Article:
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The Regulation of Solid Waste Transportation


Virtually every business in New Jersey is regulated in some way, shape, or form. Accounting firms are regulated by the Department of Law & Public Safety and regulations require accounting firms to have certified public accountants. Home improvement contractors are often required to be registered with the Department of Labor and Department of Treasury. Health clubs are required to register and issue a security bond with the Department of Law and Public Safety. Restaurants are regulated by local health departments. However, businesses which involve the transportation, storage, or disposal of solid waste are some of the most regulated and highly scrutinized businesses in the State of New Jersey.

Solid waste haulers or transporters are regulated by the New Jersey Department of Environmental Protection (“NJDEP”), Division of Solid Waste Management and/or the Division of Solid & Hazardous Waste Management.

However, first, for tax and liability purposes, a business will generally form a company or business entity (such as a corporation or limited liability company). In doing this, the company will likely file for a Certificate of Formation and a request a FEIN (or Federal Employer Identification Number).

Next, a waste transportation company – like virtually every business operating in New Jersey – must be registered to do business in the State. That registration must be completed with the New Jersey Division of Revenue and Enterprise Services (also referred to as the New Jersey Division of Commercial Recording).

Then, the waste hauler may proceed with applying for an A-901 License with the NJDEP. This application is involved and complex. It can take a year for the application to be completed and approved. All owners, directors, and key employees must complete sections of the application and submit to fingerprinting and background checks. In some situations, if the company is leasing vehicles for the business, the lessor of the vehicles needs to submit documentation. In other situations, where there are parent companies or owners own interests in other companies, those other companies must submit documentation as well. The NJDEP has a list of disqualifying offenses for waste haulers. For example, if an owner of a waste transportation company has been convicted of arson, burglary, forgery/fraudulent practices, racketeering, murder, etc., the company’s request for a license may be denied unless the individual establishes rehabilitation by clear and convincing evidence considering various factors.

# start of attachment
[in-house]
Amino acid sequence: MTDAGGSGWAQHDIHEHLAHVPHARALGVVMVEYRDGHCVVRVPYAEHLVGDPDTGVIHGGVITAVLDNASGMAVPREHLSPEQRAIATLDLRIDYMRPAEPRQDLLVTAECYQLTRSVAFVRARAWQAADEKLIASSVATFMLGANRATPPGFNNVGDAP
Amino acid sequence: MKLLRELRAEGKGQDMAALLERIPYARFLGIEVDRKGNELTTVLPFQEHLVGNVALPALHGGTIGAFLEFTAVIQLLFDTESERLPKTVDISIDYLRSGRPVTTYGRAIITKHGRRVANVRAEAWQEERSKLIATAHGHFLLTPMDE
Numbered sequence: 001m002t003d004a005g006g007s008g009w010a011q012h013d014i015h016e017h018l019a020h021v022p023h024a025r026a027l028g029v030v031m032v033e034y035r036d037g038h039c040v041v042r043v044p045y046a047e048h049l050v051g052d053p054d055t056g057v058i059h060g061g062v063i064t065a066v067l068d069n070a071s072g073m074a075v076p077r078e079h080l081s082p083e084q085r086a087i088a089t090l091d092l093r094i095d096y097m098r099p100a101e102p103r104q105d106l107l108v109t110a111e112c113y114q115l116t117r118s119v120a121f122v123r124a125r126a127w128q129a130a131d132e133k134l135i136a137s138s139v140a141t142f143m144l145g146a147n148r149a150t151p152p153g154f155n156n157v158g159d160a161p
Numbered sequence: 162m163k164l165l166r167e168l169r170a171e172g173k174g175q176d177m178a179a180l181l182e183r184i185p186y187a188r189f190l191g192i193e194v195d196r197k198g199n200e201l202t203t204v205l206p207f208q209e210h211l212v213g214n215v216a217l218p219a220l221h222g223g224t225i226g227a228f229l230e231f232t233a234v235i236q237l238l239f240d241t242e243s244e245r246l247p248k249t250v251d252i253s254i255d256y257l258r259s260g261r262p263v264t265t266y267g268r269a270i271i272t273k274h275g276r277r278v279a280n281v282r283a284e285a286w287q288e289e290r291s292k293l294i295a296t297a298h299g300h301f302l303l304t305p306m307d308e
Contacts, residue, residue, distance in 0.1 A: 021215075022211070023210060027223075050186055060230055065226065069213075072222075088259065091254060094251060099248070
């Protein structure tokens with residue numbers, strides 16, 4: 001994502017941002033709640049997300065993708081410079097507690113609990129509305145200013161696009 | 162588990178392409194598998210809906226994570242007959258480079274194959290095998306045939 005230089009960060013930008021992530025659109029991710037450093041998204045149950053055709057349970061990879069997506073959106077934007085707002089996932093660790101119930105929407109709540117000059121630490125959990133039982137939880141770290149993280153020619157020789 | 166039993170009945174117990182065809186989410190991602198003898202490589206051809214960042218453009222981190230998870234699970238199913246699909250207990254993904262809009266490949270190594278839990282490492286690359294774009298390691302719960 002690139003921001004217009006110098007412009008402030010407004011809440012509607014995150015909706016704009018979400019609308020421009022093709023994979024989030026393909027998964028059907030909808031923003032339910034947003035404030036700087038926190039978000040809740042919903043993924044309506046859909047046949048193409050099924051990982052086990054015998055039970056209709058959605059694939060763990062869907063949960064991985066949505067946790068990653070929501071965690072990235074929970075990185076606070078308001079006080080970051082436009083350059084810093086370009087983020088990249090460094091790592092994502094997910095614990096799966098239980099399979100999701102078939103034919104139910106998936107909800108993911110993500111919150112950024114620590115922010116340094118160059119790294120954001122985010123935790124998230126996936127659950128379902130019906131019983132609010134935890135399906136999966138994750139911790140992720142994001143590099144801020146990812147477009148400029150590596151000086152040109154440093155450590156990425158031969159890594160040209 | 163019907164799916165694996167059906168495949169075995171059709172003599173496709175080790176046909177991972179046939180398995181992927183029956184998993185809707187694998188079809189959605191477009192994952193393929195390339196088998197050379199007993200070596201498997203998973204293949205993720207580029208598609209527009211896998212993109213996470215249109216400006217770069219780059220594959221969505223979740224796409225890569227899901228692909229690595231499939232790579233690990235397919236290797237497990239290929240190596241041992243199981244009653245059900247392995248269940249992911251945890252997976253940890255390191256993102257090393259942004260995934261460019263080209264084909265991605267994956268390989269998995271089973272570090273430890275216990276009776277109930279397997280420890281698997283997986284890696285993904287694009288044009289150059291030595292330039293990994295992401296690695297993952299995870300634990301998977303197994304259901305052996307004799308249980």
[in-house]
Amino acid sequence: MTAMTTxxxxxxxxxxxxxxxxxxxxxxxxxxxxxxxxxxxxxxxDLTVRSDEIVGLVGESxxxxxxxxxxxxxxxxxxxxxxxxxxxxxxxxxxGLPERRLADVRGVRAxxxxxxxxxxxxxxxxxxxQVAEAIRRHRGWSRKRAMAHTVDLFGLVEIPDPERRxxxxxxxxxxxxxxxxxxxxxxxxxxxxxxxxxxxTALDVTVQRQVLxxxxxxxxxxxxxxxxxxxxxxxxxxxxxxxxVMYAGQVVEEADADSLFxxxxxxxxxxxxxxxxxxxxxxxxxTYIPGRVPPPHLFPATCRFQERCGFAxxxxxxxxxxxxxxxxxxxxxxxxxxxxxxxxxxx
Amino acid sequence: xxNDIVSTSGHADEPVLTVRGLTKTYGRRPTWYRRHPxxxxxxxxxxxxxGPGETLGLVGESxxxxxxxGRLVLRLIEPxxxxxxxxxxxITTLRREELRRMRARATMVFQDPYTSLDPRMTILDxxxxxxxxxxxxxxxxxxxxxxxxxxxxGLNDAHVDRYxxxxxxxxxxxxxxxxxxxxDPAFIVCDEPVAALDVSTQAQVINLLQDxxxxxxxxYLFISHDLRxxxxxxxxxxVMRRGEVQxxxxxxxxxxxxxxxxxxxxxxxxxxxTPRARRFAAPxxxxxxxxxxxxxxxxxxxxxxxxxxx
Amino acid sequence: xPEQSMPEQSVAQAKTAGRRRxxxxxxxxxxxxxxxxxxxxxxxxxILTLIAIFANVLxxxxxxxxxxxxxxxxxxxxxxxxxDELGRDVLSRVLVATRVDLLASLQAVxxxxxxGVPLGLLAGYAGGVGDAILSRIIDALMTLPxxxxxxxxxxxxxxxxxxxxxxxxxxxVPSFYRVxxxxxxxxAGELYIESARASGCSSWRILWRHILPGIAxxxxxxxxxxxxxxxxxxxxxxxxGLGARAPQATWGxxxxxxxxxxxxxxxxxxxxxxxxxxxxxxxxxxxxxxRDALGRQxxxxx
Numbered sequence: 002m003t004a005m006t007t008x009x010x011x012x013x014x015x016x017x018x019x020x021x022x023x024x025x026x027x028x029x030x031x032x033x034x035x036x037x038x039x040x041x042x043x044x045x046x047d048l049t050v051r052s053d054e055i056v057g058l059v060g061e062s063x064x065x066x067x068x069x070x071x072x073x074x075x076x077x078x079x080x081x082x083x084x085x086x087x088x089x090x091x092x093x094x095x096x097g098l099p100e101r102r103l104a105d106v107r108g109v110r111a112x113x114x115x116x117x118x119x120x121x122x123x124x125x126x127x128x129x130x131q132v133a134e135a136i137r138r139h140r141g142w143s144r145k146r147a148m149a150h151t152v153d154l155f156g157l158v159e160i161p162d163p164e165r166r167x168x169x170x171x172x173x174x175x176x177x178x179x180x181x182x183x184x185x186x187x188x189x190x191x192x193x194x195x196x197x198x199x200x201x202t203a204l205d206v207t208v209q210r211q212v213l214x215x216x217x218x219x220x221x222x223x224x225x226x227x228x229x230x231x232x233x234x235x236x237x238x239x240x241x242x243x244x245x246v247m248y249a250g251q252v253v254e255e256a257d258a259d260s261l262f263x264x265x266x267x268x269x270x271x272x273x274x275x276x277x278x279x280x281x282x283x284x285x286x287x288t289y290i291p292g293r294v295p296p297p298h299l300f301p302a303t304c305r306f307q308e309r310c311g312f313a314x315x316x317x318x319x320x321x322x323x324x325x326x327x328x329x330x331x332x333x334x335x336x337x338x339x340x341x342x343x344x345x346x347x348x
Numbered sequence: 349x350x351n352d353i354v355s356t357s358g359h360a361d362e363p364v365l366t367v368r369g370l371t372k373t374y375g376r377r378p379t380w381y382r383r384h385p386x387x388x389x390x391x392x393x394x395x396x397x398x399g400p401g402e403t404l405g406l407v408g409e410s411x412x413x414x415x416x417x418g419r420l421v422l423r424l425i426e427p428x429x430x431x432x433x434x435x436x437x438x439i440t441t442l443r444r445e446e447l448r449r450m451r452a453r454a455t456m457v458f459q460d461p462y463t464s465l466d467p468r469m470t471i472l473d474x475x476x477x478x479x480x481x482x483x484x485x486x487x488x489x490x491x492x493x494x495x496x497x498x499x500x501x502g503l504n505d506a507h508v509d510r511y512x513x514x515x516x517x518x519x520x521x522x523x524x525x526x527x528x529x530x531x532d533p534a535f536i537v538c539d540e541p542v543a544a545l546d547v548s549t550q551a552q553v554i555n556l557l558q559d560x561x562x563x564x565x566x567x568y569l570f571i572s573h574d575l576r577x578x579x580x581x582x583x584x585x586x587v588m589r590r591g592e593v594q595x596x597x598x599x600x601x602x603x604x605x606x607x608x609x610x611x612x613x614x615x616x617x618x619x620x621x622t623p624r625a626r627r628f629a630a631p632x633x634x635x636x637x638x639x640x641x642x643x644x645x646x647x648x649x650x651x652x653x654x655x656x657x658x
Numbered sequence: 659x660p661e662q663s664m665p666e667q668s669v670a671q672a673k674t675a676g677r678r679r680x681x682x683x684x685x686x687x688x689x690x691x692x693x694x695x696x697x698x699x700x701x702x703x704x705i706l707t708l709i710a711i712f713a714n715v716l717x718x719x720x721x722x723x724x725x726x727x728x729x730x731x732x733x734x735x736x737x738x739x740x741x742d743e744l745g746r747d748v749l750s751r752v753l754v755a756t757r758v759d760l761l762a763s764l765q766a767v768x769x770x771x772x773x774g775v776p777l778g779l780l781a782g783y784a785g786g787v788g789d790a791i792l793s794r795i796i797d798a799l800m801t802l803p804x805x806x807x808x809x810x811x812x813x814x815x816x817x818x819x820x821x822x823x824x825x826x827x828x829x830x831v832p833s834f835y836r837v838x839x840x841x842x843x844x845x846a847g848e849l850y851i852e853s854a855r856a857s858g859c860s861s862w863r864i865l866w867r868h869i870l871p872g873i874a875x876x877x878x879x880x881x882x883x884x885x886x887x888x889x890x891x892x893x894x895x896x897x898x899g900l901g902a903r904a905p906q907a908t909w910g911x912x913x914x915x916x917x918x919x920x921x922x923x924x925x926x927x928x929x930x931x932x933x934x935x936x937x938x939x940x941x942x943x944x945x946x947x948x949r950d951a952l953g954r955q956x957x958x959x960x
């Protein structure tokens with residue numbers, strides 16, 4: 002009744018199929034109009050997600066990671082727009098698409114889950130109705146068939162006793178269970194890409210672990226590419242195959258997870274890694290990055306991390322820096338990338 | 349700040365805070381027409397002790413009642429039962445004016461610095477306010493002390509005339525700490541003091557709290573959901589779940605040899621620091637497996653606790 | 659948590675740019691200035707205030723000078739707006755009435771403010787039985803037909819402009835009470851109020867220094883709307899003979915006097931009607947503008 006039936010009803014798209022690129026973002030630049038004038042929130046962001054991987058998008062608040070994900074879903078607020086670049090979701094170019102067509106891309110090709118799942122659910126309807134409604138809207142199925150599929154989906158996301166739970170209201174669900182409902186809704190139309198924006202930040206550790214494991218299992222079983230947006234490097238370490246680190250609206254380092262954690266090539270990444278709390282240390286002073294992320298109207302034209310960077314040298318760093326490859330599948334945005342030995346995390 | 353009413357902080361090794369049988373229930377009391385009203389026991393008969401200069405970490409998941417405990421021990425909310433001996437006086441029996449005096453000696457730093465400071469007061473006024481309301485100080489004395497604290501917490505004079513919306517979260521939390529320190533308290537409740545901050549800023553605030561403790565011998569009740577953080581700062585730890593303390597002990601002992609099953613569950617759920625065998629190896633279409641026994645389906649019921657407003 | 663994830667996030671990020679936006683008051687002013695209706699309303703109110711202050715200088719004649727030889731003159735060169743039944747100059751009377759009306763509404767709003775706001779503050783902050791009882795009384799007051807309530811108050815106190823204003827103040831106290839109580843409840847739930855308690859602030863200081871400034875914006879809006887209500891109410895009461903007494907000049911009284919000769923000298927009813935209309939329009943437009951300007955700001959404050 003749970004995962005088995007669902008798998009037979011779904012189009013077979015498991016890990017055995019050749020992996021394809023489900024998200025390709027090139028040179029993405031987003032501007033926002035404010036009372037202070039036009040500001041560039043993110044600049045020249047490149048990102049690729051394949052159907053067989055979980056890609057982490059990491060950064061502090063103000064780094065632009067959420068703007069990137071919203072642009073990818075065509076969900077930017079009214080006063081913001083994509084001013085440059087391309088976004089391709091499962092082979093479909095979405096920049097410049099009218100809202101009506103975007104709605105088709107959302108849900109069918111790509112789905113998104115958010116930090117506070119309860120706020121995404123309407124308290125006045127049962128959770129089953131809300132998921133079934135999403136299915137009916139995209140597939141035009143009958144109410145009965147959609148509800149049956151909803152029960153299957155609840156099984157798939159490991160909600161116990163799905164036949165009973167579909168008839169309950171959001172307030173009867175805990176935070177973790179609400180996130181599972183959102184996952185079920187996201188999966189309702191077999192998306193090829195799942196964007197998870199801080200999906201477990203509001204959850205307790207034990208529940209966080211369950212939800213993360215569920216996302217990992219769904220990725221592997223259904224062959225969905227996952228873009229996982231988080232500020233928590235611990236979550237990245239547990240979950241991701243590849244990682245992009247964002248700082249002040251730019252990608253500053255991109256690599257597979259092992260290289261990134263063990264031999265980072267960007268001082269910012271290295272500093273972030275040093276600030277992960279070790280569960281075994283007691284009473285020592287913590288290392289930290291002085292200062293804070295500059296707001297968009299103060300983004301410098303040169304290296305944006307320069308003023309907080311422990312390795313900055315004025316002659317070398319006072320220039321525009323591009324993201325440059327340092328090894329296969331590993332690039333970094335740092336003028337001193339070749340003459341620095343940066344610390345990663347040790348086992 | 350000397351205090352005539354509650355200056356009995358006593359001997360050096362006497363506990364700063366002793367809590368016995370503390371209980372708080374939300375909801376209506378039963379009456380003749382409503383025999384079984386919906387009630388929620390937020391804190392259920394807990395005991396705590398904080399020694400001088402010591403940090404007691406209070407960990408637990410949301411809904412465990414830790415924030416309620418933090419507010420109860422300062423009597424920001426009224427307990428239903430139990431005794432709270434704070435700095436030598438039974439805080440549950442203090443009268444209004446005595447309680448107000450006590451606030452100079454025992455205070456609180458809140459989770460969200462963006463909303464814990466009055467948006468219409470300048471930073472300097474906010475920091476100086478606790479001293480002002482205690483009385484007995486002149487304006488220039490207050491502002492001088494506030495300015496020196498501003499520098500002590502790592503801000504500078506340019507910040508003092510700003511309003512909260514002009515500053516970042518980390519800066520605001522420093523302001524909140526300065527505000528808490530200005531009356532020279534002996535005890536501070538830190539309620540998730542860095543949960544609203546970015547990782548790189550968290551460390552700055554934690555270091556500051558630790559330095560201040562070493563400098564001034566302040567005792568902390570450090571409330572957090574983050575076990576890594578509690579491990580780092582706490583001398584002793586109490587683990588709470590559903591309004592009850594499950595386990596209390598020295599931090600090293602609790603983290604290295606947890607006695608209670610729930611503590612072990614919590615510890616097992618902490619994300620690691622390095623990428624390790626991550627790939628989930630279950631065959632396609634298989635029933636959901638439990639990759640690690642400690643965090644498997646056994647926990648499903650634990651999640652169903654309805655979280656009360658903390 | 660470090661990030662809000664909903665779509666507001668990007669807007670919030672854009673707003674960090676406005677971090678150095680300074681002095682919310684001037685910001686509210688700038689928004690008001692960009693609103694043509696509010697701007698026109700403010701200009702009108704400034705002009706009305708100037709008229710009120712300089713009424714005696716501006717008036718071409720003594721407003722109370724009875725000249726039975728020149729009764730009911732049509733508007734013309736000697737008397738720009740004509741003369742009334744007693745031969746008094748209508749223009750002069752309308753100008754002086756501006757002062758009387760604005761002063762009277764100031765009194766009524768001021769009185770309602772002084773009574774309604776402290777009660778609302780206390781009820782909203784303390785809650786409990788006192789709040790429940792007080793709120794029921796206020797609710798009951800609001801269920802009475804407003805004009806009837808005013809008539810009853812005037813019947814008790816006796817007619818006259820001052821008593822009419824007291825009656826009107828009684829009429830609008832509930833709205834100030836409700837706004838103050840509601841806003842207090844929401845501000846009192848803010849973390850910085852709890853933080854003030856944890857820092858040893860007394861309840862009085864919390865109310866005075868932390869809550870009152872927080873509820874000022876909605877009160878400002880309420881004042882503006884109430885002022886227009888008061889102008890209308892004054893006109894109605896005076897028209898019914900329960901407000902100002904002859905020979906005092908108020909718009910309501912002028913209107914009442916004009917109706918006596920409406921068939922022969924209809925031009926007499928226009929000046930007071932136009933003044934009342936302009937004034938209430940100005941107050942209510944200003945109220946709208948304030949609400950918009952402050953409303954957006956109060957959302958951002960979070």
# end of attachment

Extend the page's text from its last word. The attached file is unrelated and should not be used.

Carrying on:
Still, that is not the end of the process. Once approved for the A-901 License, a company may still need to obtain a Certificate of Public Convenience and Necessity.

which requires a separate application and approval. Then, the company can (and must) register as a solid waste transporter with the NJDEP. If the company is transporting hazardous waste, additional submissions and/or permits may be required. Further, if there is a solid waste facility for storage, disposal, recycling, etc., additional rules and regulations apply.

Indeed, there are many pitfalls and intricacies involved in the compliance process for solid waste transporters. McLaughlin & Nardi, LLC’s attorneys are experienced with navigating the laws and regulations for solid waste transporters and can assist a company from corporate formation through licensing, registration and beyond. To learn more about what we may be able to do to help, please visit our website,  or contact one of our New Jersey lawyers by e-mail or telephone at (973) 890-0004.

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